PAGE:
Technical DesciptionEdit

Karas Multiview
The Karas B was an all-metal cantilever monoplane powered by one Skoda Bristol Pegasus VIII engine rated at 670 hp driving a wooden two-bladed Szomanski propeller. Of note was the wing structure which was one of the earliest metal sandwich structures attempted on a production aircraft. Misztal’s wing (Patent N° 16,585, June 20 1932), was built around a wide central box-girder of two light duralumin spars and corrugated duralumin sheet to which a smooth duralumin skin was added externally. A duralumin ‘D’ leading edge and a stressed-skin multi-cell trailing edge were attached, forming a wing structure which became the hallmark of PZL on the Karas and most of their subsequent designs.[2] Fuel was contained in two 230lt tanks fitted between the wing spars in the centre section and two 5Olt tanks fitted aft of the rear spar. An additional 25lt tank was housed in the front fuselage, ahead of the windscreen. The tail unit was structurally very similar to the wing. The fixed landing gear consisted of two main PZL oleo legs enclosed in streamlined fairings fitted with Dunlop 775x240mm wheels, and a sprung tailskid.

The oval-section fuselage was similarly strengthened internally by corrugated sheeting under its stressed-skin construction. The pilot sat in the front within an enclosed cockpit while the observer, provided with removable dual controls, sat behind. This second crew member doubled as bomb aimer/gunner, descending into the ventral gondola which was equipped with bomb-release gear and camera in the forward section and a Vickers ‘F’ Type 7.7mm machine gun at the rear firing downward. Another Vickers gun was provided for a third crew member who sat in an open cockpit; the Vickers were sometimes substituted by indigenous 7.9mm Km W237 Szczeniak machine guns. The pilot could use a ‘fixed 7.9mm Km Wz 33 fitted to the starboard side of the fuselage, firing through the engine cylinders’ banks and propeller arc. Up to a maximum of eight 100kg bombs could be carried attached to racks under the wing centre-section although the bomb load was usually restricted to 700kg.[3]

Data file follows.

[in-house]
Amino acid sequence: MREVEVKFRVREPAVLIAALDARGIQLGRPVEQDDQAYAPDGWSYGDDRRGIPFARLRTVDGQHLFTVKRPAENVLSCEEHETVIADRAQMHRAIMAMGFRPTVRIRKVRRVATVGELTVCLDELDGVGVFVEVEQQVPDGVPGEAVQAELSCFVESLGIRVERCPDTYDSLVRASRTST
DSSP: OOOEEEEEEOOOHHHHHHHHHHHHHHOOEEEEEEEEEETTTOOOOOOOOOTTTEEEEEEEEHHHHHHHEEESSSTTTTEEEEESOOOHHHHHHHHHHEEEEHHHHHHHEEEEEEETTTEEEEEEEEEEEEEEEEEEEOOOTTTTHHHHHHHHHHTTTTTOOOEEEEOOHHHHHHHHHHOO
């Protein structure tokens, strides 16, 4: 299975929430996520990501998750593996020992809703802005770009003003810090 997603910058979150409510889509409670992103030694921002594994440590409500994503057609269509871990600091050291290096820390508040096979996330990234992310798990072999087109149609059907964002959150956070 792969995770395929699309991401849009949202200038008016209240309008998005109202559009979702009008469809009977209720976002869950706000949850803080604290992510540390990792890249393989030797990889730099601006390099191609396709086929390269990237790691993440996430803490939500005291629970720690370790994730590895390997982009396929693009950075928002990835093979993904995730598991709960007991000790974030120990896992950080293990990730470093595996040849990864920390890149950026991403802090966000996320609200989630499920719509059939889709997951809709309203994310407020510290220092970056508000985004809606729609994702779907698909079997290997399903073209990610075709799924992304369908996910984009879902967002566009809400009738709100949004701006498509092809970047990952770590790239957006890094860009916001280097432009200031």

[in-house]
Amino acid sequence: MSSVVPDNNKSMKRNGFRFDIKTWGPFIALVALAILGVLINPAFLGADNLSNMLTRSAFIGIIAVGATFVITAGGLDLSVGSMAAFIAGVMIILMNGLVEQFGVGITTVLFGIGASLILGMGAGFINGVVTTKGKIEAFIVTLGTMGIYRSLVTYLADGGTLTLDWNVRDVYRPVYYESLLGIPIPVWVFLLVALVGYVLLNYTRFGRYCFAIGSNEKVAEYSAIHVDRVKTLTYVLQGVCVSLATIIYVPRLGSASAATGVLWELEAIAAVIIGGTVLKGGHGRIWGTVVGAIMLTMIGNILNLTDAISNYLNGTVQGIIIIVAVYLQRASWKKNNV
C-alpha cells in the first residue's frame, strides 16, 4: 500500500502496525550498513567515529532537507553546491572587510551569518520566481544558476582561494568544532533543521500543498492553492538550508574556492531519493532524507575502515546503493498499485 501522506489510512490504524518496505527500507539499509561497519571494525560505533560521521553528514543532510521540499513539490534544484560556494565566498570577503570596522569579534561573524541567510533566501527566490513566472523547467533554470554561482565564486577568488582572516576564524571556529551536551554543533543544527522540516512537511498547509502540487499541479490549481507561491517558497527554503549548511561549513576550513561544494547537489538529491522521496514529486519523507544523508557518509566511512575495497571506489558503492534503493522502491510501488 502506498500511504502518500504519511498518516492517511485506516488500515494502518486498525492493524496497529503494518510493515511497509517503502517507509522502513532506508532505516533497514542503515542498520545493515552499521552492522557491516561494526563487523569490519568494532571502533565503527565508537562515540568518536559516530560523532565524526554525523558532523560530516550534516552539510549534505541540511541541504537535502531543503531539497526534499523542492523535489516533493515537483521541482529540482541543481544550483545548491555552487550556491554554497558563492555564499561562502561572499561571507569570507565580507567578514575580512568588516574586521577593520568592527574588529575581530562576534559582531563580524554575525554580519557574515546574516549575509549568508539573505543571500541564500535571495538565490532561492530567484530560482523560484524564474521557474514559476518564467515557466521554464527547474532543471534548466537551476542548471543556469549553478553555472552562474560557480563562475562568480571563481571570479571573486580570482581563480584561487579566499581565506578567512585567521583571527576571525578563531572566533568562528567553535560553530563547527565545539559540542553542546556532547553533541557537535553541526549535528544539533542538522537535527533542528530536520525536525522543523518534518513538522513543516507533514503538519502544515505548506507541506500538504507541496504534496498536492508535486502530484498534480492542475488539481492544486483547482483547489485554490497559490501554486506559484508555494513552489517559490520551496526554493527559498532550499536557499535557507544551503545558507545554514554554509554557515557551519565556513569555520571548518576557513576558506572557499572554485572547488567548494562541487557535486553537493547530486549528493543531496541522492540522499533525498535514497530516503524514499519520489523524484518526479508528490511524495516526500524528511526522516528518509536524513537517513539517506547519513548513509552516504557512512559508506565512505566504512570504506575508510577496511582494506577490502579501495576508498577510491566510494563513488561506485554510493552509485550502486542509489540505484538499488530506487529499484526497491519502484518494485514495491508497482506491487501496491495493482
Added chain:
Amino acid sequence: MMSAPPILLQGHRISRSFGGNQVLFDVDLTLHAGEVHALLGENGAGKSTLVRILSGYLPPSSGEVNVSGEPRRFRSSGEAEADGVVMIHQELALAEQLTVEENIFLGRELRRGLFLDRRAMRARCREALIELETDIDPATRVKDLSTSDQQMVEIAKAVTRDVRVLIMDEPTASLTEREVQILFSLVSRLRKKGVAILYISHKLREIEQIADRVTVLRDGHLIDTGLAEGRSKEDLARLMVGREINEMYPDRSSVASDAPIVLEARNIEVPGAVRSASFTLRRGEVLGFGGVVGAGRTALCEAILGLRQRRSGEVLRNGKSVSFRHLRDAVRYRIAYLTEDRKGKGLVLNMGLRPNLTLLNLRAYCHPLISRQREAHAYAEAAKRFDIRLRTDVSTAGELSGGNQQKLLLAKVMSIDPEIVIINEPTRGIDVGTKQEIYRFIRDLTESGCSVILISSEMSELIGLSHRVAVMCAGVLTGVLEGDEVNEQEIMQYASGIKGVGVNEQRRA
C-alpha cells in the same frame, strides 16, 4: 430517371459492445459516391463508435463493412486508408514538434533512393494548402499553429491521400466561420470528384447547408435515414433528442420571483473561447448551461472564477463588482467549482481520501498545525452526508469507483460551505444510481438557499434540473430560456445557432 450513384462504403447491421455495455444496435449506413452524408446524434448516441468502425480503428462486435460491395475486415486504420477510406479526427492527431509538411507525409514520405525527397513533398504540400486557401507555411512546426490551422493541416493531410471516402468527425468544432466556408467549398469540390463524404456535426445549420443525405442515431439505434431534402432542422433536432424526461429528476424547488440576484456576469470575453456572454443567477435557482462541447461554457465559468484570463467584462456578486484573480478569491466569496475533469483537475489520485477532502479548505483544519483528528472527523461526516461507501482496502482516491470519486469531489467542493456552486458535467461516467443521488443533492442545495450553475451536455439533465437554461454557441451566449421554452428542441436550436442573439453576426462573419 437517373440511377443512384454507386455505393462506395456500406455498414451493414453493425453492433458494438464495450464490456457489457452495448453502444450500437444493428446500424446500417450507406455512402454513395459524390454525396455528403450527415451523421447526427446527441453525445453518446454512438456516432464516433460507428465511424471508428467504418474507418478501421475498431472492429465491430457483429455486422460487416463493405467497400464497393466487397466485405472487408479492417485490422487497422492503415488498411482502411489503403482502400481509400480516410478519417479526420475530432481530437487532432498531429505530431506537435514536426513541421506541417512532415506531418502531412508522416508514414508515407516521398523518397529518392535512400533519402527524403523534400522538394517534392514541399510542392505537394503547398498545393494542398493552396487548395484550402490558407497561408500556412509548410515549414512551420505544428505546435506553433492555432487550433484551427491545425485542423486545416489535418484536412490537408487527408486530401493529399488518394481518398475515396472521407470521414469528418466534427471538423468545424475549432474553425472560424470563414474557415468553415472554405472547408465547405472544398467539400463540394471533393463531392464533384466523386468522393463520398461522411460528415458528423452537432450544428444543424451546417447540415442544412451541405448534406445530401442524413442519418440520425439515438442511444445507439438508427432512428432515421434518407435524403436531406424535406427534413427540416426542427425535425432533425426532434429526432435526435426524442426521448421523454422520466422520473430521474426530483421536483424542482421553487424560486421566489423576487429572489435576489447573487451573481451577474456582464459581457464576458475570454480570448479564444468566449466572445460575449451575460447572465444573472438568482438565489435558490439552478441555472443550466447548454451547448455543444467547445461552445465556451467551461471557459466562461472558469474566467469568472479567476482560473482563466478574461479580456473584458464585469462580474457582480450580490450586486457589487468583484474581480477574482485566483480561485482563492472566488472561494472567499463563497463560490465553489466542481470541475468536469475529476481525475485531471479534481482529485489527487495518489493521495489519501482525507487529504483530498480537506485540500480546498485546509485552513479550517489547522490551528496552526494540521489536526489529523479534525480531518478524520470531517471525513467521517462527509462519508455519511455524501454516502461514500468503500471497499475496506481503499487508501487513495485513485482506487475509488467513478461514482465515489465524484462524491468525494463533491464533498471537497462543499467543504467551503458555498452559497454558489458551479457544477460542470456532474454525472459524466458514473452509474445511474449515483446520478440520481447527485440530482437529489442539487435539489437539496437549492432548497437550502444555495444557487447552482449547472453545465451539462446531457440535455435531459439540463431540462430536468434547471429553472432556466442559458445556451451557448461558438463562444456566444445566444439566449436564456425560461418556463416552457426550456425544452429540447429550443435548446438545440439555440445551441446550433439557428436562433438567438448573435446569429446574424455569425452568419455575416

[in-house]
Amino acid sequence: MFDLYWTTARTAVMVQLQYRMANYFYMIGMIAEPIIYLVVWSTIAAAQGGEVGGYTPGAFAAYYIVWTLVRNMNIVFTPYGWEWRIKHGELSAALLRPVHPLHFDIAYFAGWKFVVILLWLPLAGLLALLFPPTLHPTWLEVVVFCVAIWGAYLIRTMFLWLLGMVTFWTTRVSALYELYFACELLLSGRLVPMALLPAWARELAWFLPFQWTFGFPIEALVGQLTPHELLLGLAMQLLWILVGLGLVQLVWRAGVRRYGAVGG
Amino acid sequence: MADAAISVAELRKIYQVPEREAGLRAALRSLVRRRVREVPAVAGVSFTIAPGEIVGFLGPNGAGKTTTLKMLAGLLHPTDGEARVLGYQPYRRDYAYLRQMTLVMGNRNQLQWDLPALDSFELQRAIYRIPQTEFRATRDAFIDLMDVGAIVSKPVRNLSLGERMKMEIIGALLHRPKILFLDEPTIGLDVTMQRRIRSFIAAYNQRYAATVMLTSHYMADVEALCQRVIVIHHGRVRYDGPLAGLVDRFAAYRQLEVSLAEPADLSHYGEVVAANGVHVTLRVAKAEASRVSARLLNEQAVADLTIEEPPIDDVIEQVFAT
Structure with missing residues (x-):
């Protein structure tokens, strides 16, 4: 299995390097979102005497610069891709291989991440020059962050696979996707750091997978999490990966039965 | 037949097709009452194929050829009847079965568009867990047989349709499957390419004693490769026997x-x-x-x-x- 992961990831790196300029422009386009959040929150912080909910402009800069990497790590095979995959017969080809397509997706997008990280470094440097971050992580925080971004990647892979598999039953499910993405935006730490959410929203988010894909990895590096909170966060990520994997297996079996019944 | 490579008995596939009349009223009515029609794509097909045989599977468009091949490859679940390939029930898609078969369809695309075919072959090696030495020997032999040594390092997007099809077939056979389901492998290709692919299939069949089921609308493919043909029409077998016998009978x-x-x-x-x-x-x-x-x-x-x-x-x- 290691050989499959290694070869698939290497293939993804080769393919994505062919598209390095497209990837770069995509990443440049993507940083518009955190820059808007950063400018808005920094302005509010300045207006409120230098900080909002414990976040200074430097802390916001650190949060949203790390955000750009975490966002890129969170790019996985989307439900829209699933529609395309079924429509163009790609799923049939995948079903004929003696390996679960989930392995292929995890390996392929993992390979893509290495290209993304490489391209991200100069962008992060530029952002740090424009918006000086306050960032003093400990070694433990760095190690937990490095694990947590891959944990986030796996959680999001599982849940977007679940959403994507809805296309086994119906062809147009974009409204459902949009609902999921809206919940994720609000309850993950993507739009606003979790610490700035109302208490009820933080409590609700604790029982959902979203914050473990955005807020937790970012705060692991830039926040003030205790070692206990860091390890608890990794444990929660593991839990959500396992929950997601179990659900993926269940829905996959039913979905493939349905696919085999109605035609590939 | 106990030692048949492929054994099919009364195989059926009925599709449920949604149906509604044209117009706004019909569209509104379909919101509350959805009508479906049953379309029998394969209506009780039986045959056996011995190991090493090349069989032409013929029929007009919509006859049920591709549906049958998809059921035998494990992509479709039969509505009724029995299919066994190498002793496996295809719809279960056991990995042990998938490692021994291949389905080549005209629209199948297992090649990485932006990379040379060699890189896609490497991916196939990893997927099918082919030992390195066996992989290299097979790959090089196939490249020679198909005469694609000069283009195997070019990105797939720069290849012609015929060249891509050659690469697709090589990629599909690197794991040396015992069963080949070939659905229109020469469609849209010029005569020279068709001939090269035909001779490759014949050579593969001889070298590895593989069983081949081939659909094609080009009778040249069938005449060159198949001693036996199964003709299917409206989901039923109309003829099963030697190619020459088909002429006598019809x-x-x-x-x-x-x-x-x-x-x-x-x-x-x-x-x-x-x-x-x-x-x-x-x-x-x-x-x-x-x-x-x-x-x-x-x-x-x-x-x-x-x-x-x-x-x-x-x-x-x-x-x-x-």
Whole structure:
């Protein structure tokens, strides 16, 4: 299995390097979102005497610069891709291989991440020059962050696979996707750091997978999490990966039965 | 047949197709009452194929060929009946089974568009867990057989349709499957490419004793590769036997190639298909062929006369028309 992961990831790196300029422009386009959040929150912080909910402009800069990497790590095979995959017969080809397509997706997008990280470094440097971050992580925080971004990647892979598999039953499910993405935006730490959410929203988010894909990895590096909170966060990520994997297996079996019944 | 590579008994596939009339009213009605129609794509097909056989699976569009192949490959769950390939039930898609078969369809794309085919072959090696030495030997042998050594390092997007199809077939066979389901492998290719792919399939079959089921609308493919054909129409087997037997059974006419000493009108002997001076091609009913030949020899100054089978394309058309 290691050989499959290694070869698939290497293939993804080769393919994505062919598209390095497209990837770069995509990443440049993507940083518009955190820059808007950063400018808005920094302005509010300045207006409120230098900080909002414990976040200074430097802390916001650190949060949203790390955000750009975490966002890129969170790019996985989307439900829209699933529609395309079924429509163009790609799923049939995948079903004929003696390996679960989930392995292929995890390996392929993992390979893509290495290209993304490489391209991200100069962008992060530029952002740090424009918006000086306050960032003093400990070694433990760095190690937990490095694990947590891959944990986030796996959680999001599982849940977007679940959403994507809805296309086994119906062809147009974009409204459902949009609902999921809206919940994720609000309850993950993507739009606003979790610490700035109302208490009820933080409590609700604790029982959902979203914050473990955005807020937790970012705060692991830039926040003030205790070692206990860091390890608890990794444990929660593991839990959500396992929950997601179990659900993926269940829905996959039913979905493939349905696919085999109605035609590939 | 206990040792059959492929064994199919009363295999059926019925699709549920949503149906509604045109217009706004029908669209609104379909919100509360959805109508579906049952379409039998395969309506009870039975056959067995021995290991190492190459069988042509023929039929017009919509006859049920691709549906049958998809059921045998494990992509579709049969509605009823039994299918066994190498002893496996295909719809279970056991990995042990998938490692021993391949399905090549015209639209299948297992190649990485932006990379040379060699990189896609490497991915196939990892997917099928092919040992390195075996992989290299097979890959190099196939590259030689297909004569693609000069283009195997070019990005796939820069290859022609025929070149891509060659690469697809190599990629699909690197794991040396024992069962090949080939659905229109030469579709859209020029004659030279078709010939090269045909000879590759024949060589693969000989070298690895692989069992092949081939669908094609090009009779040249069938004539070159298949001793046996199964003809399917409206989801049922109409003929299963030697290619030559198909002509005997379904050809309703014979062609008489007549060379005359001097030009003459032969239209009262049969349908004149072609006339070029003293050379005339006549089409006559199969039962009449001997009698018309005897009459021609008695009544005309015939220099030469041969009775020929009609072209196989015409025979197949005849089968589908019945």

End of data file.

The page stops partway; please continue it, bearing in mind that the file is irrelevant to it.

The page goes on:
An Export ModelEdit

Bulgaria showed great interest in the R23 Karas and placed a order for 12 machines early in 1936 specifying the need for a more powerful engine and a second forward firing gun. To offset the centre of gravity movement resulting from the heavier Gnome-Rhone l4N~0l engine, the main cabin had to be redesigned and the rear fuselage lengthened by 27cm. The original third prototype (R23/III, by then registered SP-BMI-1) served as test bed for the new engine. The first aircraft, which had been designated PZL.43 ‘Tchaika’ (Seagull), to be delivered to Bulgaria were fitted with the Gnome-Rhone l4Kfs engine due to delays of shipments from France until the 14N-Ols became available. These aircraft gained an excellent reputation and a second order for 42 machines was placed with PZL.

Some thirty of this second order had been delivered by August 1939, while eight were awaiting delivery and a ninth ready to leave Airframe Plant N“ 1 at Warsaw-Okecie. Crews from N“ 41 Squadron, Polish Air Force, were ordered to pick these P.43Bs on the second day of the war to replace losses of P.23 Karas. Of these, only five could be retrieved as the others had been destroyed on the ground in a German attack against the Okecie airfield.